Submissions highlighted a range of concerns about the conduct of RSEs, banks, and financial advisers with which they had dealings relating to their superannuation. Over 150 different financial services entities were mentioned in the 1,626 submissions that were received.
Notably, a number of public submissions on superannuation also indicated other related dealings with the financial services entity. Of the 1,626 submissions on superannuation, over 340 also related to financial advice, and over 270 related to life insurance associated with a superannuation account.
In addition to individual submissions, the Commission also received submissions from interested groups such as the Association of Superannuation Funds of Australia; the Australian Council of Superannuation Investors; the Australian Institute of Superannuation Trustees; the Financial Services Council; the Financial Services Institute of Australasia; and the Responsible Investment Association of Australia. The Commission also received information from consumer bodies which assist consumers in relation to their dealings with superannuation entities, including the Consumer Action Law Centre and CHOICE. The Commission also consulted with officers from ASIC, APRA and the Productivity Commission.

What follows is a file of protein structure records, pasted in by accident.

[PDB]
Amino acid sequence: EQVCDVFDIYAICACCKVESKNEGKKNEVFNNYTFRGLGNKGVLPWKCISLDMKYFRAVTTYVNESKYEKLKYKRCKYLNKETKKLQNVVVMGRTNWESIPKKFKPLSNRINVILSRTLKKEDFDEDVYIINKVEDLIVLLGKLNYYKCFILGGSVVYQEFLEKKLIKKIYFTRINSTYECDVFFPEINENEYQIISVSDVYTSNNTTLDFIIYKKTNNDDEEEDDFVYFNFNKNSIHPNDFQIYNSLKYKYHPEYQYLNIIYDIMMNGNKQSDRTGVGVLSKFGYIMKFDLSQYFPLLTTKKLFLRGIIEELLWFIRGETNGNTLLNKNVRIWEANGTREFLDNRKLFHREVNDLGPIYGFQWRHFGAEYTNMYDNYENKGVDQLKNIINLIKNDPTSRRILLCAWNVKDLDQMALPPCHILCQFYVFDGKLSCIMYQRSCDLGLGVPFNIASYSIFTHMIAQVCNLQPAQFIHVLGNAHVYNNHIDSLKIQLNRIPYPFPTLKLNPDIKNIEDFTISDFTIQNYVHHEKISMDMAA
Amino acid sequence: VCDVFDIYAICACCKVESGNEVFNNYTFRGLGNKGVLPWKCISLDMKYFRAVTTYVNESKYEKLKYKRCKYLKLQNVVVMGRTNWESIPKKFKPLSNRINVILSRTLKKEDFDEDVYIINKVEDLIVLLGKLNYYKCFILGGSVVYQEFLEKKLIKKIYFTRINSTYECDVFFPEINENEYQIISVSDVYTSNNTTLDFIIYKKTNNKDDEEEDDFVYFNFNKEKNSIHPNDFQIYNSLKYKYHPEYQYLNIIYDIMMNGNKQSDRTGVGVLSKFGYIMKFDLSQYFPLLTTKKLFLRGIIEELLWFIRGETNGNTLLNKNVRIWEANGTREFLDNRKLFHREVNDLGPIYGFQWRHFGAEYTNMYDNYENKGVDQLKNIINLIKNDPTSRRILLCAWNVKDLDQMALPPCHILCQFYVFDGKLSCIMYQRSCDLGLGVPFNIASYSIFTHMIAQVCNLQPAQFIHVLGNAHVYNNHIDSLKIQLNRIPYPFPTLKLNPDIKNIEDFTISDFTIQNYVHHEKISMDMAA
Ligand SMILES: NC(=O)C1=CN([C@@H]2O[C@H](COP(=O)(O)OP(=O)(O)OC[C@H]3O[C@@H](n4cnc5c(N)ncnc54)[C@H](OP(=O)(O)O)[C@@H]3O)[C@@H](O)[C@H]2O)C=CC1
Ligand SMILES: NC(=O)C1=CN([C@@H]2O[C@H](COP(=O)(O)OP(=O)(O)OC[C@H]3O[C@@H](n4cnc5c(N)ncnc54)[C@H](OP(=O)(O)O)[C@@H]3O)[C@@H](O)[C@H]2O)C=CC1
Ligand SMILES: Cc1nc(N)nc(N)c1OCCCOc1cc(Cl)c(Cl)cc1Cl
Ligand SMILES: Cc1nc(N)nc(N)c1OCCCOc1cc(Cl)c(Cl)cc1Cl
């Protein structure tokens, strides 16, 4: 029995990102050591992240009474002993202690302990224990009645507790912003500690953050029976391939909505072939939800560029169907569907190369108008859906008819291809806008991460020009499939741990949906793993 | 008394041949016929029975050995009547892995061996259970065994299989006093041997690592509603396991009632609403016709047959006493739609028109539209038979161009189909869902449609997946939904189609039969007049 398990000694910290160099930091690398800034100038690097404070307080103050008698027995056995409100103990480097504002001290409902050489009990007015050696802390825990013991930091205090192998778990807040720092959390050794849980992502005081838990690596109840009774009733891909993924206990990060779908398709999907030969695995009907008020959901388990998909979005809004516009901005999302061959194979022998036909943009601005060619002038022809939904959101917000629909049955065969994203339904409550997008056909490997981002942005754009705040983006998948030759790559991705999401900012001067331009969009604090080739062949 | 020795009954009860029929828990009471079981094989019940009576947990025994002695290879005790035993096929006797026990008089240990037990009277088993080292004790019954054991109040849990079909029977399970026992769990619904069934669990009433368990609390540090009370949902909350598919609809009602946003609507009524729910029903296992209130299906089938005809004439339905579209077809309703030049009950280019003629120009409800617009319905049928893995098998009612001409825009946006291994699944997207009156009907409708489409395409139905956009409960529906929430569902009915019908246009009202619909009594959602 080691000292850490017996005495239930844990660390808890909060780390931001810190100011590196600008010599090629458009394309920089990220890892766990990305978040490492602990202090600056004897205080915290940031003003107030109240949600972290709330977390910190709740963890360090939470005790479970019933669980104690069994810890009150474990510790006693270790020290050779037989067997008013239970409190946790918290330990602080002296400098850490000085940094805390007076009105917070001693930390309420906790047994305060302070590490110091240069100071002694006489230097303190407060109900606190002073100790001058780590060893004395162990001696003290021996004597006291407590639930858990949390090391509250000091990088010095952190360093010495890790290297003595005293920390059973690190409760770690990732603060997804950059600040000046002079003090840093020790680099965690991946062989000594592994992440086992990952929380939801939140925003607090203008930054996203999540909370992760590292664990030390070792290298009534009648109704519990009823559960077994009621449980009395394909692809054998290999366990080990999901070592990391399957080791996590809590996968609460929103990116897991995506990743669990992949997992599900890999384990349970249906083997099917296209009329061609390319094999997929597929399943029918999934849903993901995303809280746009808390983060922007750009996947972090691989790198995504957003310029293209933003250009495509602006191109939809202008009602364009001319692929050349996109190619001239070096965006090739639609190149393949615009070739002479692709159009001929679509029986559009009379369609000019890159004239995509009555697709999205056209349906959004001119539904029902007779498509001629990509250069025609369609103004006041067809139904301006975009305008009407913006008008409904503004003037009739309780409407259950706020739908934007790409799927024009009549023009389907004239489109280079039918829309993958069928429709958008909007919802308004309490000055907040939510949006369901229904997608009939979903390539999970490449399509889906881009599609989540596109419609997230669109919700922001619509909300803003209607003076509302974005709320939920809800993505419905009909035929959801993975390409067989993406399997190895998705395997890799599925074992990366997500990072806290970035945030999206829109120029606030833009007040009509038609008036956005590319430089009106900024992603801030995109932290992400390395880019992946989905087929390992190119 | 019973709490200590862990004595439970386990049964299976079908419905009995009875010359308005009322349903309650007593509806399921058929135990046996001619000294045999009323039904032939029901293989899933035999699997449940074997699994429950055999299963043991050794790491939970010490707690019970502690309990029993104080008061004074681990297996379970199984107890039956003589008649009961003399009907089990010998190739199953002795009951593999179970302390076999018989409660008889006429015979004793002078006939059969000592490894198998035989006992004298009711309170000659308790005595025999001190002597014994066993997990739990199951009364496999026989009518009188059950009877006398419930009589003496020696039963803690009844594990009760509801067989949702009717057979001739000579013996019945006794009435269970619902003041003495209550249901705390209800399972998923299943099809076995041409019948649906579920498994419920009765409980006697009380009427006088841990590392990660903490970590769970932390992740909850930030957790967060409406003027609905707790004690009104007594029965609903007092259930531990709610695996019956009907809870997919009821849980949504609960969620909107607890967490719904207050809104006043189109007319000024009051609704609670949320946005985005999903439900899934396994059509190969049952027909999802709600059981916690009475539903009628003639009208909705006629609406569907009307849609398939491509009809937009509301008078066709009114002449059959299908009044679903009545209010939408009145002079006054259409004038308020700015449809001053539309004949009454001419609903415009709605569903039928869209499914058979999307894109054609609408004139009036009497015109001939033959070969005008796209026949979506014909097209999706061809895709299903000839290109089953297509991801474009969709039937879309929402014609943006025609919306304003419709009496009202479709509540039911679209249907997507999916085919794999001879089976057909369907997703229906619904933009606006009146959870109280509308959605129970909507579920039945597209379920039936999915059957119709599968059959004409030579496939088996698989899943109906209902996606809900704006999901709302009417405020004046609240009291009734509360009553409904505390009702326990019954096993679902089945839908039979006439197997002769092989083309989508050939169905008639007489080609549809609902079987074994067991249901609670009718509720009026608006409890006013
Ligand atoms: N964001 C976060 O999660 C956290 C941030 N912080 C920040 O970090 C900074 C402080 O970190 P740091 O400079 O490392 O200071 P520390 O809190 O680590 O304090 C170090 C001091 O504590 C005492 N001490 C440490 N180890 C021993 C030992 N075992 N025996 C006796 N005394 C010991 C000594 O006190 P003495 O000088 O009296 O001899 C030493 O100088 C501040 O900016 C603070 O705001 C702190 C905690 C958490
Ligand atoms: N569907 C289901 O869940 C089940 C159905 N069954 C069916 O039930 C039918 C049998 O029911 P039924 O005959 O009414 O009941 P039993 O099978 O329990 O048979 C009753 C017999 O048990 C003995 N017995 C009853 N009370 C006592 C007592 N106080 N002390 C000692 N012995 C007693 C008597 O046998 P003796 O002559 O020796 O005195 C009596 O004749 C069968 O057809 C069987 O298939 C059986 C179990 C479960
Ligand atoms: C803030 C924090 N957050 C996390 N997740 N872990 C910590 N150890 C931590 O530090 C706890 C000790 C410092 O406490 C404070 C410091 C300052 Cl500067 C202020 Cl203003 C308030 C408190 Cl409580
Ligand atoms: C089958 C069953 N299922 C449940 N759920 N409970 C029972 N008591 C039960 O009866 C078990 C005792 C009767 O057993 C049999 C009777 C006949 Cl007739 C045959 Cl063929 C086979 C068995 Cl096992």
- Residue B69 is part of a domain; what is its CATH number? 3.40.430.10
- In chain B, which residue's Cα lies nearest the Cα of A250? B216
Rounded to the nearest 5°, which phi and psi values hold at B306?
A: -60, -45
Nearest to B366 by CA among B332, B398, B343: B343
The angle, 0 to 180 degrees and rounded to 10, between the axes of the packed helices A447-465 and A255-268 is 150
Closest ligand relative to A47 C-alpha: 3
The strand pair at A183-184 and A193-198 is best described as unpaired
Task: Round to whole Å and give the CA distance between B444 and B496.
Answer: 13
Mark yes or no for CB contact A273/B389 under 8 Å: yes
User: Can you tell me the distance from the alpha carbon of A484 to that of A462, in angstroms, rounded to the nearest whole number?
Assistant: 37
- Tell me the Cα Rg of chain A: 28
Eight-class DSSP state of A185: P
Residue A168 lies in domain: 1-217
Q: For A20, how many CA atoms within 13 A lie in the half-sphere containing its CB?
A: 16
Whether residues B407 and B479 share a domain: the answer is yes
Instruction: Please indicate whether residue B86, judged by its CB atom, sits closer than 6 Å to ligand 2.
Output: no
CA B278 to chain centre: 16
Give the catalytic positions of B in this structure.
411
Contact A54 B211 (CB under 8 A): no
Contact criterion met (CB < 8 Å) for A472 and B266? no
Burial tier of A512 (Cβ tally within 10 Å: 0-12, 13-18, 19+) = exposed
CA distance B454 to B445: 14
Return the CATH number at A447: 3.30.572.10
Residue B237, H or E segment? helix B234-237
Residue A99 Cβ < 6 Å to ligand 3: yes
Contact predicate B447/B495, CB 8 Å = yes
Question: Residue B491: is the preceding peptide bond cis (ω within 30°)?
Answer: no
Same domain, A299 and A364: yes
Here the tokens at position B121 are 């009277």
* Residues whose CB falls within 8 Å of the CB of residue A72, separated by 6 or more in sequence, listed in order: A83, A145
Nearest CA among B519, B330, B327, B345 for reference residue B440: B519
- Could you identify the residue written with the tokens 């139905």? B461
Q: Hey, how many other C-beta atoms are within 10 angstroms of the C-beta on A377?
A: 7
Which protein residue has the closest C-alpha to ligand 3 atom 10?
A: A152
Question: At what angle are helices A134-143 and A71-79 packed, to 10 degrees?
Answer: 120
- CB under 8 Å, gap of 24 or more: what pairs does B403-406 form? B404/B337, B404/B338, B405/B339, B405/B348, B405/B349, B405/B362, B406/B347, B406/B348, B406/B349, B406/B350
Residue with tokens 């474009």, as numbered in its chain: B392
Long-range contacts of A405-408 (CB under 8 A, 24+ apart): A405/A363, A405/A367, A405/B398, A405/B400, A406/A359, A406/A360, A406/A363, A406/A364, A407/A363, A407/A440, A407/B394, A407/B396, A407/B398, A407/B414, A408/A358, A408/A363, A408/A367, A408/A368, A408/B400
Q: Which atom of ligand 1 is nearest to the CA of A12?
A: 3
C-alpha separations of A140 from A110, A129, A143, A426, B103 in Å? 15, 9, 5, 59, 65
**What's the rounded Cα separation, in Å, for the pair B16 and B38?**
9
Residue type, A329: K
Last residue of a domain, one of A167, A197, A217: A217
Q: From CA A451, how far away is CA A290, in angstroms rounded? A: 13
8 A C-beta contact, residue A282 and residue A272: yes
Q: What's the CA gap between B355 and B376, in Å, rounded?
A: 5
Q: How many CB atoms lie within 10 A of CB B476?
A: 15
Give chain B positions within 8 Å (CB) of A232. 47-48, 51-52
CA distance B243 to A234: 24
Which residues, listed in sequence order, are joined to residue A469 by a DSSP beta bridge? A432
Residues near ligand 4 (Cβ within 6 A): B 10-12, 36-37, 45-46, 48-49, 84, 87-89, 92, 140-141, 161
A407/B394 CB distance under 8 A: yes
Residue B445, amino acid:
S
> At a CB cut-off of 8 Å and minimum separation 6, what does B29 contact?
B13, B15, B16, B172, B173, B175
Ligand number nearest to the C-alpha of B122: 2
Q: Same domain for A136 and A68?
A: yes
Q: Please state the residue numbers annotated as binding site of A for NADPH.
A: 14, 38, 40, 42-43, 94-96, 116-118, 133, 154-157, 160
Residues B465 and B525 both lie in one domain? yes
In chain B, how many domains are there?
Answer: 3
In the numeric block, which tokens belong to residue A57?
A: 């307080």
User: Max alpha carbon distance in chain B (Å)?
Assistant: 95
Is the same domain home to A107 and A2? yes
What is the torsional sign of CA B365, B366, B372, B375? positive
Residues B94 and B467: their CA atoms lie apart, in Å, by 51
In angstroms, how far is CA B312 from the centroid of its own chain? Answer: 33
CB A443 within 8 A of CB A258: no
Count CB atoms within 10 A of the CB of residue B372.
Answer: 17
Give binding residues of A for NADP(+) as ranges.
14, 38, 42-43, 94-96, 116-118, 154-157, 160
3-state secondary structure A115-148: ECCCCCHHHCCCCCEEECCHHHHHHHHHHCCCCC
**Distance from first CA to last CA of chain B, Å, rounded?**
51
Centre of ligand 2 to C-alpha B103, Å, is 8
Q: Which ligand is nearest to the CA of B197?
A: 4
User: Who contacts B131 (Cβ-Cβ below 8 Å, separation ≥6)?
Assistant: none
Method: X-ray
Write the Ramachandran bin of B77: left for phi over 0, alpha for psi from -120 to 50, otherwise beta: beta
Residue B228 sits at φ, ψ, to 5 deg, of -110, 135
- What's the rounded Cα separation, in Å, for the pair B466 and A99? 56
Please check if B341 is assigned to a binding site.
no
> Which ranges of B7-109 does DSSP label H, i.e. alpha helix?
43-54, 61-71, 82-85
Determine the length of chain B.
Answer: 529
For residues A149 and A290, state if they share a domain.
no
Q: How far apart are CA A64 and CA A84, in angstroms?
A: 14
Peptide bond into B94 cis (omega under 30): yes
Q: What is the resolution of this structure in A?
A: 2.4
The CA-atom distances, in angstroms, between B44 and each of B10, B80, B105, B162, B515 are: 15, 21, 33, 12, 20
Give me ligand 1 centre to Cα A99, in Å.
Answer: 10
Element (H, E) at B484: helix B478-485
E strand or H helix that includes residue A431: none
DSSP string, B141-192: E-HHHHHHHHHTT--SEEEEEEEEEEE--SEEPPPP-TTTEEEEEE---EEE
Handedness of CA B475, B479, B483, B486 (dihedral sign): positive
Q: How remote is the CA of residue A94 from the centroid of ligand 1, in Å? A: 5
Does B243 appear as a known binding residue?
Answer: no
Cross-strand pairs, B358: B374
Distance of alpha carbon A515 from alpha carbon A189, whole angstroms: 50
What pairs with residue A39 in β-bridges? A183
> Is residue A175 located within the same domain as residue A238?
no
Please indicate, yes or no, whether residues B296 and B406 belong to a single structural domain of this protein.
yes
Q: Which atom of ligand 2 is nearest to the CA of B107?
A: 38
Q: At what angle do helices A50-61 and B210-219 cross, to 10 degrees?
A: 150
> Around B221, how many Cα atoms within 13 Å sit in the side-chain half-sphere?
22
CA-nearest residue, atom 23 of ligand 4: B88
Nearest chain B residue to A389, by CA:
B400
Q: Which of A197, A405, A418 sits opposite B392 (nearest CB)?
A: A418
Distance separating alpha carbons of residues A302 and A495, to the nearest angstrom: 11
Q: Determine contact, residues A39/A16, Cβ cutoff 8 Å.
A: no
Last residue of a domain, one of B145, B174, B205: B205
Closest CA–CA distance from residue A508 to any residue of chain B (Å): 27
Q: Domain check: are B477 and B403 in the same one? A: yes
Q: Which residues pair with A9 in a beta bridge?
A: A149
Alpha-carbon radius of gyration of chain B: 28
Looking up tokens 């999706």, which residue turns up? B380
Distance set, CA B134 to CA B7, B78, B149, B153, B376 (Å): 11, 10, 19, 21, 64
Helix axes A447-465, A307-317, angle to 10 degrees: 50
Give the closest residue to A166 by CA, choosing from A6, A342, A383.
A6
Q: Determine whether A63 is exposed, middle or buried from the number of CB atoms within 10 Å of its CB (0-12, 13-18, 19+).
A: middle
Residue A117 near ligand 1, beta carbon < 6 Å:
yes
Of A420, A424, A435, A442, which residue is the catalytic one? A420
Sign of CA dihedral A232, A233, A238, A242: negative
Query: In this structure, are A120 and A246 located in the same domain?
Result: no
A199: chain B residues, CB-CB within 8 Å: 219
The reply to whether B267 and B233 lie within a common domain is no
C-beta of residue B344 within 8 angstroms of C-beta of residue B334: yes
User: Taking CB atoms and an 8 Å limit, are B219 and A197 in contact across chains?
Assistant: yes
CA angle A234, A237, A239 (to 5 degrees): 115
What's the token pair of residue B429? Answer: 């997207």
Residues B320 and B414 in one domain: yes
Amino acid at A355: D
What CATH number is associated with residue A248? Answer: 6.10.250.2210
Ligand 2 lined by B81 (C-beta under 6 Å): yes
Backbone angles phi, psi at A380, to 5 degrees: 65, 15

Submissions raised concerns about the impact of fees for add-on financial services such as life insurance or financial advice, which had reduced the balance of their superannuation, or in some cases left the person with a zero balance in their account. A number of submissions mentioned the fund member’s frustration with contacting their superannuation fund (and delays which often followed) if they sought to switch funds; tried to obtain additional information; or queried fees associated with their fund.
Fund members often raised concerns about the complexity of their superannuation accounts, and in many cases, indicated that they were unaware they were subject to additional fees or were being charged fees without receiving any service in return. Many submissions received were from individuals who had retired, or were close to retirement and who were concerned about their financial security. Others felt embarrassed that they lacked the financial literacy skills and/or had misplaced their trust in a particular superannuation fund.
A number of submissions also raised concerns about conduct by Commonwealth, state or territory superannuation entities. These entities either did not fall within the definition of a financial services entity under the Commission’s Terms of Reference, or were not entities of focus for the Commission.